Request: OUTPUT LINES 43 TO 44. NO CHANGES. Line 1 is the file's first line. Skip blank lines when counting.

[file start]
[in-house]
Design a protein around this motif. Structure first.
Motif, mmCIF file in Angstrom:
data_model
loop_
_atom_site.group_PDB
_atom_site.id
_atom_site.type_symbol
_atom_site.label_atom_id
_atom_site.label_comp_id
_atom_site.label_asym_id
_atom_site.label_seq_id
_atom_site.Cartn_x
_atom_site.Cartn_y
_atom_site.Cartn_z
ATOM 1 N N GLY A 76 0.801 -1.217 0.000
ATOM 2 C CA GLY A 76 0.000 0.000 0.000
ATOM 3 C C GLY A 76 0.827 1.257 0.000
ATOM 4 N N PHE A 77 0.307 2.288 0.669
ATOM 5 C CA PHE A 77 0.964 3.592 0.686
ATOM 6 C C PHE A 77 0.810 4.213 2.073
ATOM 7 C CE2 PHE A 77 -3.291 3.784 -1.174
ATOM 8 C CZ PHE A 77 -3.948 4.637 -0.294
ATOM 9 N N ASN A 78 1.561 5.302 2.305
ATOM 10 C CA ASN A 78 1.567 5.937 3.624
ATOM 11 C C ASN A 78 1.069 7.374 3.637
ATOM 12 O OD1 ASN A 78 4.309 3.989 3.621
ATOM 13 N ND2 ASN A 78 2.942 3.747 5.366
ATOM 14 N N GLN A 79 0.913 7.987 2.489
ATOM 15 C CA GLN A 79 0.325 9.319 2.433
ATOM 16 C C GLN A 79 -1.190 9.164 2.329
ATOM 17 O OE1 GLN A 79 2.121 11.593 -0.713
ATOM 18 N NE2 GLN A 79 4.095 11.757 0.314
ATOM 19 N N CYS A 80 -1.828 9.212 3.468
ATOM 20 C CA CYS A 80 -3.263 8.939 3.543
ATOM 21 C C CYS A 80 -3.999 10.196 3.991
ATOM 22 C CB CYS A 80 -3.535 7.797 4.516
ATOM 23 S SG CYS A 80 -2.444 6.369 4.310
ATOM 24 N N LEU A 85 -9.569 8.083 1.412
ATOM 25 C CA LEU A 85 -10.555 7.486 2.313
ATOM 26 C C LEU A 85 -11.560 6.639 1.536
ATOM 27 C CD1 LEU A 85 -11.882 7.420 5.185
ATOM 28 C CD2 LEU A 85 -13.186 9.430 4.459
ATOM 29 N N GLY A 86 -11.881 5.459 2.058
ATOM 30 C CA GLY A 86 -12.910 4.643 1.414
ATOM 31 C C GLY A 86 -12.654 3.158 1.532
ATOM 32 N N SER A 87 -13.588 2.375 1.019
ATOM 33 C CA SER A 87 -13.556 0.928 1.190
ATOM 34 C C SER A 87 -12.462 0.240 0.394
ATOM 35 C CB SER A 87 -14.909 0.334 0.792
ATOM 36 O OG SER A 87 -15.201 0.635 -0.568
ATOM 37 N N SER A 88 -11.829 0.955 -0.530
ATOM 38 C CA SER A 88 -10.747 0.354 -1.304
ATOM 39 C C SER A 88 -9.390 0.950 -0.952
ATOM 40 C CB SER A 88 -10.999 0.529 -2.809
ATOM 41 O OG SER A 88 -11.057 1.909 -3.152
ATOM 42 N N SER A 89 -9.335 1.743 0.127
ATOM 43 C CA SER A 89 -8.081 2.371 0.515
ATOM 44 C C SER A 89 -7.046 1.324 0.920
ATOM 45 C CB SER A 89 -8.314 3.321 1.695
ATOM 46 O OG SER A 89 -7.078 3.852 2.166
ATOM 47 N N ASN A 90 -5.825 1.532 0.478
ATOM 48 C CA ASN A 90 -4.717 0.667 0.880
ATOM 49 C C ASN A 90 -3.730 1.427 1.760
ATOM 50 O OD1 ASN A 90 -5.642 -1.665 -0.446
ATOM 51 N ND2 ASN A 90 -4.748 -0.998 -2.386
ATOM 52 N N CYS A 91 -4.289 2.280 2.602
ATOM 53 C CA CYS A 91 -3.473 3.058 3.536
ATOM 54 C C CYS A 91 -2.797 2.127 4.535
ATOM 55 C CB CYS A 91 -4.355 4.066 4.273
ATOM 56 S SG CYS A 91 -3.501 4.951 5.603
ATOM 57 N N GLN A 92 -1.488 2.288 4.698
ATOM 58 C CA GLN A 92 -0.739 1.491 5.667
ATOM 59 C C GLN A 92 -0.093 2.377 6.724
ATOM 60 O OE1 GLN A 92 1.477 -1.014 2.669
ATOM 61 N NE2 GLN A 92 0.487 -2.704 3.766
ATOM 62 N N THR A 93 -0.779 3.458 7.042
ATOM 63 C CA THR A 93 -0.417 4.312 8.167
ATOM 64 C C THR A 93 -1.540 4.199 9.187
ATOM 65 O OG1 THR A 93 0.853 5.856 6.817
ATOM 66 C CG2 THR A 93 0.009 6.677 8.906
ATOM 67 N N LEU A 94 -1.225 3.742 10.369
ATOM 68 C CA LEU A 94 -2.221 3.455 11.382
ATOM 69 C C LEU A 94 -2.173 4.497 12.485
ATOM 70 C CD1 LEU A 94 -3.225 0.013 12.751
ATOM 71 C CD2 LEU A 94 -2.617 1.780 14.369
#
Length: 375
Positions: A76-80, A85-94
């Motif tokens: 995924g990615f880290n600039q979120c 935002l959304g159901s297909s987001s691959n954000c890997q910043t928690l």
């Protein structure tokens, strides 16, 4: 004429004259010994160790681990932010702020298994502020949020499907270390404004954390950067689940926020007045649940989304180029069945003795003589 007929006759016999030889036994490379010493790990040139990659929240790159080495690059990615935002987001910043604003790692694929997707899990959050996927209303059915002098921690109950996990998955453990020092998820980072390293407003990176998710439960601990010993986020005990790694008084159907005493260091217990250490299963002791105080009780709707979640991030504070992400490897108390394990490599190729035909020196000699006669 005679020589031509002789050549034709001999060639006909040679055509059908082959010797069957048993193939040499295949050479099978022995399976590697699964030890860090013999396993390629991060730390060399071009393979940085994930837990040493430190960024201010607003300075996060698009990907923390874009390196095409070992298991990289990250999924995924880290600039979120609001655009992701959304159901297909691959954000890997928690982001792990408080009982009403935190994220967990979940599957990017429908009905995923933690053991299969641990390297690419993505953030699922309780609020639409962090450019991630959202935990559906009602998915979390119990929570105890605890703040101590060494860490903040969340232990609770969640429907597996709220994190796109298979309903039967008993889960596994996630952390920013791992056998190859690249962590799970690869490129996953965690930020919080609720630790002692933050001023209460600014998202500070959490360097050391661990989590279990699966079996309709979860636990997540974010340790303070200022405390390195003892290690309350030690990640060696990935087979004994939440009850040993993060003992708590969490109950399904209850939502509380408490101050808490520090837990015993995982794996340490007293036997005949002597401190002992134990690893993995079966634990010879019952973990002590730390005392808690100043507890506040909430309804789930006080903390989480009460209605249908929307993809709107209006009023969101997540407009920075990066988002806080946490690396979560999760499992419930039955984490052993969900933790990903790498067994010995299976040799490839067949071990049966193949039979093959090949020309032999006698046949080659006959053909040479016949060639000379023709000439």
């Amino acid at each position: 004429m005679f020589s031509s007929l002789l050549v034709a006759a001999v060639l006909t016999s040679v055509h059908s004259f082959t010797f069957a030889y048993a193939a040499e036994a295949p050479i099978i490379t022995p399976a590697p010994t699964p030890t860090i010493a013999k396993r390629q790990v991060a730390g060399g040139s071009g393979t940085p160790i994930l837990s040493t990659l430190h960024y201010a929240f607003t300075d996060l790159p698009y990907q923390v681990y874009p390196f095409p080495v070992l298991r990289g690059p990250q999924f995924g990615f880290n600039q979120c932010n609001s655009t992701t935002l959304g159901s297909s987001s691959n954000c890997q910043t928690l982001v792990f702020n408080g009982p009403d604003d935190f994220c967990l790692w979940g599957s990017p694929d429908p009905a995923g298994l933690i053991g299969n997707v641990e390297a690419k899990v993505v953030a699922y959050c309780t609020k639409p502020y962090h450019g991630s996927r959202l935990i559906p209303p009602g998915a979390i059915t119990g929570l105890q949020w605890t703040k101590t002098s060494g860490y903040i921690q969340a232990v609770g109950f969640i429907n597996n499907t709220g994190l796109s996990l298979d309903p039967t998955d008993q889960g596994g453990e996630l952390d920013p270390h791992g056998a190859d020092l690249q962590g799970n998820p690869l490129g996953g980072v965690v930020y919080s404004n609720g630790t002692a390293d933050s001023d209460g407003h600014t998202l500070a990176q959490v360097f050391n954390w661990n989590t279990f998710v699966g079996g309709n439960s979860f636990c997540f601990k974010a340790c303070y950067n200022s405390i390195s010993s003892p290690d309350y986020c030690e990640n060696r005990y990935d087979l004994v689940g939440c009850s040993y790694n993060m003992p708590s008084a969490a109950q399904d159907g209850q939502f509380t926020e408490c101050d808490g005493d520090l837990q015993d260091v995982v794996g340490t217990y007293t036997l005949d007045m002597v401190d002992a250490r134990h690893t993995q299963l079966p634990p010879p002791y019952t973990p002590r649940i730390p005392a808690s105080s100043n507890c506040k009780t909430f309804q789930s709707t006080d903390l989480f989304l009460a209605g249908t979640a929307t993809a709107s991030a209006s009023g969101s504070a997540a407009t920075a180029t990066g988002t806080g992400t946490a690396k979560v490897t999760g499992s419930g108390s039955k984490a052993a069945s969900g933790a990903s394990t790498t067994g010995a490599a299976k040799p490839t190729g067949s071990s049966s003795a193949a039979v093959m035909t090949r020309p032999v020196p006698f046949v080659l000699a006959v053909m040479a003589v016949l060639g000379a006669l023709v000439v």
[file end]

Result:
ATOM 28 C CD2 LEU A 85 -13.186 9.430 4.459
ATOM 29 N N GLY A 86 -11.881 5.459 2.058